As per a report in Global Times, a Chinese government mouthpiece, brands like Nike and H&M have become the next target of netizens in China after their stance over Xinjiang cotton supply issues.
The Chinese netizens reportedly made #nike the biggest trend on China’s Twitter-like platform, Sina Weibo with 720 million views and 530,000 comments over its announcement highlighting its boycott of Xinjiang cotton.
The social media users in China have labeled the company’s announcement disgusting and advised the brand to leave China. Nike, in an official statement, stated, “We are concerned about reports of forced labor in, and connected to, the Xinjiang Uyghur Autonomous Region (XUAR). We have been conducting ongoing diligence with our suppliers in China to identify and assess potential forced labor risks related to employment of Uyghurs, or other ethnic minorities from XUAR, in other parts of China.”
The company also specified, “Nike does not source products from the XUAR and we have confirmed with our contract suppliers that they are not using textiles or spun yarn from the region.”
It is not yet clear when Nike made the above statement.
Chinese social media users are outraging over global brands after Europe, the U.S. and other countries sanctioned Chinese officials this week over alleged human rights abuses. Since then there has been a call to boycott brands such as Nike, H&M and Burberry. While the brands are trying to distance themselves from reports of forced labor in China’s Xinjiang region, the local media and netizens seem to be unhappy with the brand statements suggesting they would stop buying cotton from Xinjiang or claimed that their supply chain does not include procurement from that region.
H&M had made the statement last year stating that it will no longer be procuring cotton from Xinjiang after reports revealed forced labour by Uyghur Muslims. On Friday, H&M was removed from Didi Chuxing ride-hailing app for all of China’s major cities. The Human Rights section of hmgroup.com has removed the statement on Xinjiang as of Friday. Statements of brands like Inditex, VF Corp, PVH and Abercrombie & Fitch were also no longer available since Thursday.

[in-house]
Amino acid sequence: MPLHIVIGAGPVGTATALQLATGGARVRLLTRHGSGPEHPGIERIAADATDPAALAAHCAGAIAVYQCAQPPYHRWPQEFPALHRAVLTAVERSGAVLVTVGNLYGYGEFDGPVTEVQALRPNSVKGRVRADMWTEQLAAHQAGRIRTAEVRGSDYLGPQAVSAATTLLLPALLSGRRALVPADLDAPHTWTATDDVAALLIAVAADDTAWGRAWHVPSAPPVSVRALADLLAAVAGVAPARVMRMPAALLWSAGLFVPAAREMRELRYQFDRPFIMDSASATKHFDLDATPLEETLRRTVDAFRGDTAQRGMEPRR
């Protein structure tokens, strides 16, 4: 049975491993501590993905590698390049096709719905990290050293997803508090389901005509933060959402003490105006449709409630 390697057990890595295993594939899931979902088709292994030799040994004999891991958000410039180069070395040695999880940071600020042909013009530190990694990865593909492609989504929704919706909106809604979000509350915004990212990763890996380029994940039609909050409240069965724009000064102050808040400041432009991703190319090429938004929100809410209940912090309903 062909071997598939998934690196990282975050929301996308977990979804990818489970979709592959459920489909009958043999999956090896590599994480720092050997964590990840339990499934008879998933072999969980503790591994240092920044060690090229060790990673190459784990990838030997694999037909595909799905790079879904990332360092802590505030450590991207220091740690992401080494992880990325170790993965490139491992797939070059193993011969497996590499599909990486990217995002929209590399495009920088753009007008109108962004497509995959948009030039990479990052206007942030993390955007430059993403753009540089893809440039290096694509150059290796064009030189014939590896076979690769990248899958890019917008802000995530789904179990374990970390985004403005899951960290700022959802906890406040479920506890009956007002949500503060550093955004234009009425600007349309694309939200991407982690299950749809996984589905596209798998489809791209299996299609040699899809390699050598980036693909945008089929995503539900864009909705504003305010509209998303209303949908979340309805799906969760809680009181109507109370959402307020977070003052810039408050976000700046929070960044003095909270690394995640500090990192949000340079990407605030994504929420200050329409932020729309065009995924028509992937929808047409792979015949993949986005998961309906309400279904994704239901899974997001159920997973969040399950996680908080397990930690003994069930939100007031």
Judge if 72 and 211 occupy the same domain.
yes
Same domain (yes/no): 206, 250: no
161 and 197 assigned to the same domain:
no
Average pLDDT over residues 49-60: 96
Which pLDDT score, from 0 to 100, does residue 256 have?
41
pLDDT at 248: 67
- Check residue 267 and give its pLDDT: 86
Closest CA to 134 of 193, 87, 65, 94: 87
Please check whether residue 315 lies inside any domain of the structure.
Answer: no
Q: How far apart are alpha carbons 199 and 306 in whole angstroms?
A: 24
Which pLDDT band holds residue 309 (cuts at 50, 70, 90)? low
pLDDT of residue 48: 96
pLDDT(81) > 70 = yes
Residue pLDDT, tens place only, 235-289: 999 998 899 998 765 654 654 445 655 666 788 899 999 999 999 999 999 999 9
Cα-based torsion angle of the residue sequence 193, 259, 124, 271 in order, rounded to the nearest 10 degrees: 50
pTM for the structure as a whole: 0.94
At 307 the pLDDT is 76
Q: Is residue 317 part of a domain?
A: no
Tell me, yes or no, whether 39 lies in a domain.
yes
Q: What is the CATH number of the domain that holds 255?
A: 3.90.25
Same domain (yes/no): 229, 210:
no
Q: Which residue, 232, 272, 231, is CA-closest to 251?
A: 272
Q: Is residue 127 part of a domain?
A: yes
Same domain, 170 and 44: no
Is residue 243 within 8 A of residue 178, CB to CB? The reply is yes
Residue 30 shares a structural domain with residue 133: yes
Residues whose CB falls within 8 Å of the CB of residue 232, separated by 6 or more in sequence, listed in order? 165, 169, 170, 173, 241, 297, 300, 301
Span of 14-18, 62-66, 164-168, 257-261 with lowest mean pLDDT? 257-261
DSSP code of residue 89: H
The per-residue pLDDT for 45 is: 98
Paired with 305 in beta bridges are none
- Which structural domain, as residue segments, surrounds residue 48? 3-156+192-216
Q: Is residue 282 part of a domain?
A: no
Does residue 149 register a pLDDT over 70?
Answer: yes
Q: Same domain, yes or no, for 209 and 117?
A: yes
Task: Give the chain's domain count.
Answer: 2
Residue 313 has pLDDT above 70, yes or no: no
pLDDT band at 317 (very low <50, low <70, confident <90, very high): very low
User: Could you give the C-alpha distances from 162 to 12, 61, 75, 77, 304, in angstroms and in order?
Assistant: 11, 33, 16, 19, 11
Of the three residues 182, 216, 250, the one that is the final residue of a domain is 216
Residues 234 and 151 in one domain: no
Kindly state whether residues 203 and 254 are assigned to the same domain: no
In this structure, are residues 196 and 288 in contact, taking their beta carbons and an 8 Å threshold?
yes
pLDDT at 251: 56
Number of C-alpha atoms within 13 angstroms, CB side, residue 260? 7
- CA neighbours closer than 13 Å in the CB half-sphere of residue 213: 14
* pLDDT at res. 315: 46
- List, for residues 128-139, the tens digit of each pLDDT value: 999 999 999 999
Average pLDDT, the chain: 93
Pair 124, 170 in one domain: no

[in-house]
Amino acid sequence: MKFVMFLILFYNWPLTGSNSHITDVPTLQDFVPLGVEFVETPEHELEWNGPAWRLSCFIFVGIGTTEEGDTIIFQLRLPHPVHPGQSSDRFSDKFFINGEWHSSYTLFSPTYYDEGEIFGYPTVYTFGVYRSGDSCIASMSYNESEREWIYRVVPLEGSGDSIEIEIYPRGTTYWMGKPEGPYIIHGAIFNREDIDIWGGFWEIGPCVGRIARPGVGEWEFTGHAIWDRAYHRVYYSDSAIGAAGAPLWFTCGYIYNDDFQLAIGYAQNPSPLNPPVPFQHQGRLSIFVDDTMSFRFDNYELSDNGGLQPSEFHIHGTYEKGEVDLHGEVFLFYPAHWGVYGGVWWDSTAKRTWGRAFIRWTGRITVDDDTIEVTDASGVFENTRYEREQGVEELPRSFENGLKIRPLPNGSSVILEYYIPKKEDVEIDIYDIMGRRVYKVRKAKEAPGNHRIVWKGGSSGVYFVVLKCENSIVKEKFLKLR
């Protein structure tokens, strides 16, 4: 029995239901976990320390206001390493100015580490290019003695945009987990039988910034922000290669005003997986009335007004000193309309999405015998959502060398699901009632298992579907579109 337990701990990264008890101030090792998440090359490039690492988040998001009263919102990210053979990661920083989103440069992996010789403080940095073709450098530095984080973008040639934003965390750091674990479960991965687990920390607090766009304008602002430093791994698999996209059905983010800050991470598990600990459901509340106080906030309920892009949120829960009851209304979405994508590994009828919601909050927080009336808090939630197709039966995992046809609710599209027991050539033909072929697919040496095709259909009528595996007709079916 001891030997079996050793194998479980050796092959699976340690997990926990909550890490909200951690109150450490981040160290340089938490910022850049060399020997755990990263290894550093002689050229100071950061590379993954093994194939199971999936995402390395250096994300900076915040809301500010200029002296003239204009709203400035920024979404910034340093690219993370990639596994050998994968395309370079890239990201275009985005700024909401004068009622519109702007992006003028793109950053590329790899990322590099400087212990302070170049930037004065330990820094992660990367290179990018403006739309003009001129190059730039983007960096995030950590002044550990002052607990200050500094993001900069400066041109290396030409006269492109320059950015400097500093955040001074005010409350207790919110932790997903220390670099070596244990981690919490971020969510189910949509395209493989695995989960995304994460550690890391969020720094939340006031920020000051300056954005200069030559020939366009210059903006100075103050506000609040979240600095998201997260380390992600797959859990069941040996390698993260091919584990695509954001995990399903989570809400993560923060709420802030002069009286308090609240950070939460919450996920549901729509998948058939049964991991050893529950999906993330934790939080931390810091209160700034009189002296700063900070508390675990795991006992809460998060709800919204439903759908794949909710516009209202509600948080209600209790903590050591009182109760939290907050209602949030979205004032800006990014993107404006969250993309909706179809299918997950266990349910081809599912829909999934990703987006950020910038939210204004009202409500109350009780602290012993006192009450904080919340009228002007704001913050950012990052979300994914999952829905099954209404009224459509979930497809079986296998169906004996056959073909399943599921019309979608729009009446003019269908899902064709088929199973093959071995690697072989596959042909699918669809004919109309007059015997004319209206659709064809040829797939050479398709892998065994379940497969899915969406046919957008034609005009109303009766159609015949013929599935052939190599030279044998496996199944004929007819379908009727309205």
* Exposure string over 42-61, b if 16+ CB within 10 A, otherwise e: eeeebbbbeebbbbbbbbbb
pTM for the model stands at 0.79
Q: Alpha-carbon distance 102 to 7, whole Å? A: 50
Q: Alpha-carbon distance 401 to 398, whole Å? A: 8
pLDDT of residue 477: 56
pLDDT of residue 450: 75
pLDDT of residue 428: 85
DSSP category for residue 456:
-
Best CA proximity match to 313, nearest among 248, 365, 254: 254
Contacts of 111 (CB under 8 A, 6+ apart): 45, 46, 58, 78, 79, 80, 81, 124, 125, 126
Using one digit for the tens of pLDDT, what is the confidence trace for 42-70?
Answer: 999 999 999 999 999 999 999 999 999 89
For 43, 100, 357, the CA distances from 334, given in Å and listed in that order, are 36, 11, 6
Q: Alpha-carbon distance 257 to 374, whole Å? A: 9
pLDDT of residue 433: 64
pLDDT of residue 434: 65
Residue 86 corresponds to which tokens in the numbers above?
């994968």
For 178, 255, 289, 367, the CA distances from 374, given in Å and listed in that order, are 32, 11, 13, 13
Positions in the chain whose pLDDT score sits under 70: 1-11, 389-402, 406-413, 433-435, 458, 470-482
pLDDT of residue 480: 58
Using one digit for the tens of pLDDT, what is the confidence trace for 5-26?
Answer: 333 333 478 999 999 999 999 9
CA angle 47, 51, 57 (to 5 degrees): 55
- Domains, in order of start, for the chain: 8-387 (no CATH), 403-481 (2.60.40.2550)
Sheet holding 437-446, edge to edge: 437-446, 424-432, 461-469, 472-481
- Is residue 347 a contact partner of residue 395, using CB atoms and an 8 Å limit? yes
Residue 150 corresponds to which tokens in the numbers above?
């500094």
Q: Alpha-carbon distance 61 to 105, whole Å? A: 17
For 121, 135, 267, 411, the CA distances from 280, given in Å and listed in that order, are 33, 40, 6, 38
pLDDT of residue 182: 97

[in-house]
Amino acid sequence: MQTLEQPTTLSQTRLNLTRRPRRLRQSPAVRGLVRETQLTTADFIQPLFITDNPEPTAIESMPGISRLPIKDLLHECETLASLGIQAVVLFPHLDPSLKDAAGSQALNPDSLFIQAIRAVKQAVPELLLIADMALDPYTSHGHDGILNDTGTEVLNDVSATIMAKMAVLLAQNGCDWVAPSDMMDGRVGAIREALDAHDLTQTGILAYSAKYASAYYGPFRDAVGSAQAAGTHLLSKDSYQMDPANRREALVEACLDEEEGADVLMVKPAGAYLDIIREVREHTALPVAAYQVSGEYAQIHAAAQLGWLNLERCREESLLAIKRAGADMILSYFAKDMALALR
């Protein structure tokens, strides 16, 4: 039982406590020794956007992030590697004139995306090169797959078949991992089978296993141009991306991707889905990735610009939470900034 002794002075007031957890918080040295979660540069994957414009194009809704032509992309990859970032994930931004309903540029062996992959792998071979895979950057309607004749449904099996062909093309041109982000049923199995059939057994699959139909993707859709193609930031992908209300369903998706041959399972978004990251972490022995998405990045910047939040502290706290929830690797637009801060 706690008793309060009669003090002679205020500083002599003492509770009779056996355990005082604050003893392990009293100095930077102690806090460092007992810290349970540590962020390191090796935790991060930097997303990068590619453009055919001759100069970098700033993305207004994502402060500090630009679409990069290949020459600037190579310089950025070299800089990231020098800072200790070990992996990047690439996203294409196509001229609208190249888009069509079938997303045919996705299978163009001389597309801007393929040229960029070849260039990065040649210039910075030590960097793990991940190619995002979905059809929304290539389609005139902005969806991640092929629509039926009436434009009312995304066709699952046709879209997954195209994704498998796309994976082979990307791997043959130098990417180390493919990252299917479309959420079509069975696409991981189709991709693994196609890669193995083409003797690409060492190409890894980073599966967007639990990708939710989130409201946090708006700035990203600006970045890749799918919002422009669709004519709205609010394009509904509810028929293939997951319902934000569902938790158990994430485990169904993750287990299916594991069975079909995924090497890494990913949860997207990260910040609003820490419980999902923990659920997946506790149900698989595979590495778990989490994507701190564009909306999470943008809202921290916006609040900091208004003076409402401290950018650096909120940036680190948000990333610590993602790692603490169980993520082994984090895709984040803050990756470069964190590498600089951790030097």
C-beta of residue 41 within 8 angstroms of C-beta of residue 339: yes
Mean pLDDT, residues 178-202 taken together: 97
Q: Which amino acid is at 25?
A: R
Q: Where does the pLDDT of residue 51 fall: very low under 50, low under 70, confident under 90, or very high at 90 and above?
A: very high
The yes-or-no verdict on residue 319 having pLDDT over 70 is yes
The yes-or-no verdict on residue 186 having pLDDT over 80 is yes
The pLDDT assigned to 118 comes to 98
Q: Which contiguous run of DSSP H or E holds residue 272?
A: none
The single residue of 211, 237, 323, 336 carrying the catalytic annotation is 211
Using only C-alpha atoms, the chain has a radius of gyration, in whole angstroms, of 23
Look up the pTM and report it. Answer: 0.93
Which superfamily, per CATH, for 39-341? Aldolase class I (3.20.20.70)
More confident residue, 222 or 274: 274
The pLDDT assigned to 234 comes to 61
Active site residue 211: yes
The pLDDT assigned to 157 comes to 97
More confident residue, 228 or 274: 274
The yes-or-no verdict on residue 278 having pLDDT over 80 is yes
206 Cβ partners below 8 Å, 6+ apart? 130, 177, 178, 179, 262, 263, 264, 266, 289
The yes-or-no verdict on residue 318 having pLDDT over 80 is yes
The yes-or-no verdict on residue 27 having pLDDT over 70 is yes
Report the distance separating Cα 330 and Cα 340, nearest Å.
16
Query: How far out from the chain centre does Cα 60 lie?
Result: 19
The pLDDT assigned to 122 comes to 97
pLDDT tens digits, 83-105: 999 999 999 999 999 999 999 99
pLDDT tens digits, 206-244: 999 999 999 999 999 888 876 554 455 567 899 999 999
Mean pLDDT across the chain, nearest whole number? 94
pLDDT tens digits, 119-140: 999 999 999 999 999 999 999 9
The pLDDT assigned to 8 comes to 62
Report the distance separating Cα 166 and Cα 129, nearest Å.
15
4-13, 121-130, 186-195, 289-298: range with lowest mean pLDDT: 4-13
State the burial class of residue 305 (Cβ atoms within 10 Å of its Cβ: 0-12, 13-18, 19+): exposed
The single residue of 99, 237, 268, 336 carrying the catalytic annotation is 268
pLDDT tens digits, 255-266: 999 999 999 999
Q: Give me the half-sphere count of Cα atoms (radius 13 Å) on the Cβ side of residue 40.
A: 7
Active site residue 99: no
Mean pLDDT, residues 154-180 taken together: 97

Shares of H&M, Nike Inc. and others have said to have plummeted after Chinese government officials endorsed the boycott and celebrities cut ties with brands including Adidas, New Balance and Japan’s Uniqlo.
On Wednesday last week, the US Customs and Border Protection agency said that its “Withhold Release Order” would “ban cotton and cotton products” from XPCC, which is a powerful Chinese quasi-military organization. It is believed that the company uses the detained Uighur Muslims as slave labor.
Prime Minister of the United Kingdom too have acknowledged the gross human rights violation of Uighur Muslims.
The MPs and other British citizens sanctioned by China today are performing a vital role shining a light on the gross human rights violations being perpetrated against Uyghur Muslims.— Boris Johnson (@BorisJohnson) March 26, 2021
Freedom to speak out in opposition to abuse is fundamental and I stand firmly with them.
Boris Johnson almost instantly received support from Australian Prime Minister, Scott Morrison on the issue.
Australia stands with you Boris 🇦🇺🇬🇧 https://t.co/s9RpbgN02A— Scott Morrison (@ScottMorrisonMP) March 27, 2021
So far, China has claimed that the news about mistreatment and human rights abuse in the Xinjiang region are false and continues to remain in denial.
China exploiting slave labour to supply western markets
As per a report, there are more than 80,000 Uyghurs who were transferred to different parts of the country between 2017 and 2019. Some of them were sent directly from the detention camps. The number included in the report was conservative, and the actual numbers can be much higher. These workers not only work as forced labour but have to undergo compulsory organized Mandarin and ideological training outside working hours. They are constantly under surveillance and not allowed to take part in any religious observations.
In recent years, the transfer of ‘forced labour’ has increased from Xinjiang. As per the media reports, 20,859 ‘rural surplus labourers’ from Xinjiang were transferred to other Chinese regions in 2017. In 2018, the number increased to 28,000, and in 2019 approx 32,000 people were transferred out of Xinjiang.